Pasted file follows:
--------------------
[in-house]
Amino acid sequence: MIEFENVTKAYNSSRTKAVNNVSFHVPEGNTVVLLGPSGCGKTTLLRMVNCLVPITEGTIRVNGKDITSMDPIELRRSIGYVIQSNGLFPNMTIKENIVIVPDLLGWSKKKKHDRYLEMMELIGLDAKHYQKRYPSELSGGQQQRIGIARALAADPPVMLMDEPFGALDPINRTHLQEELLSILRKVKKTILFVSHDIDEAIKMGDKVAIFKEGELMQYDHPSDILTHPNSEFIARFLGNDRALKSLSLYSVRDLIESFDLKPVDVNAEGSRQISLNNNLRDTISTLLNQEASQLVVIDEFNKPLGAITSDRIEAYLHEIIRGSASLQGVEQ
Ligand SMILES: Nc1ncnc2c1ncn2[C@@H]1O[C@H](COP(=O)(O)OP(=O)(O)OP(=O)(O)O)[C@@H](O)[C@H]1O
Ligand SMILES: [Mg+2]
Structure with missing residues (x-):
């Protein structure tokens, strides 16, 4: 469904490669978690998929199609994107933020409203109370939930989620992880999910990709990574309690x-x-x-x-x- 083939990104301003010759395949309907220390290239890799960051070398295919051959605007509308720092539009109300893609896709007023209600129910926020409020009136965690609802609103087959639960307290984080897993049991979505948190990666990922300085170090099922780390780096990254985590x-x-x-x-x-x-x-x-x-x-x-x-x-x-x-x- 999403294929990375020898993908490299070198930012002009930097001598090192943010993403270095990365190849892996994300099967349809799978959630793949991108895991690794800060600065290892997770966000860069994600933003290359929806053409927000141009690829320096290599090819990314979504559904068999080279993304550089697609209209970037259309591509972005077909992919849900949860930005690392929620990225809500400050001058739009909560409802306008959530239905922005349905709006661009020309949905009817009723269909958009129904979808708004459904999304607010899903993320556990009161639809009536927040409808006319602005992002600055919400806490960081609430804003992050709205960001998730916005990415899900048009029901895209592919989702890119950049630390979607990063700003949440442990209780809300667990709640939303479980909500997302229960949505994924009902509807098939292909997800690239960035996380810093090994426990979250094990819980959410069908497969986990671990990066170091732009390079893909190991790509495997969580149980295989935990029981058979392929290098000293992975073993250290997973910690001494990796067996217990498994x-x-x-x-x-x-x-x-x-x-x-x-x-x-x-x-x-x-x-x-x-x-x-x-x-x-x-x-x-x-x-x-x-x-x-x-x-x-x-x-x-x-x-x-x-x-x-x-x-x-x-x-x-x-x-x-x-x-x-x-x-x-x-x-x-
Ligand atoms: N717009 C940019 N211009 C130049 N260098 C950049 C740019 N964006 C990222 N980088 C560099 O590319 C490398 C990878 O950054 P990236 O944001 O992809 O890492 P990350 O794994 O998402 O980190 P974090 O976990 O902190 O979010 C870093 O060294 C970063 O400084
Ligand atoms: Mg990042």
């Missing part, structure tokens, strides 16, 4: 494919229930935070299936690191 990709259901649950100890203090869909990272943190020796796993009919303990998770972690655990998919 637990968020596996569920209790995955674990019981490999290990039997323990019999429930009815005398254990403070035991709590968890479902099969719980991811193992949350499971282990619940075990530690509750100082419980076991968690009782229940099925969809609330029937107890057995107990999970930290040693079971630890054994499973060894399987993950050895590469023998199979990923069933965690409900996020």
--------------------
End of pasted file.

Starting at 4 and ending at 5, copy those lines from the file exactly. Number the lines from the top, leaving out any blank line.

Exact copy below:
Ligand SMILES: [Mg+2]
Structure with missing residues (x-):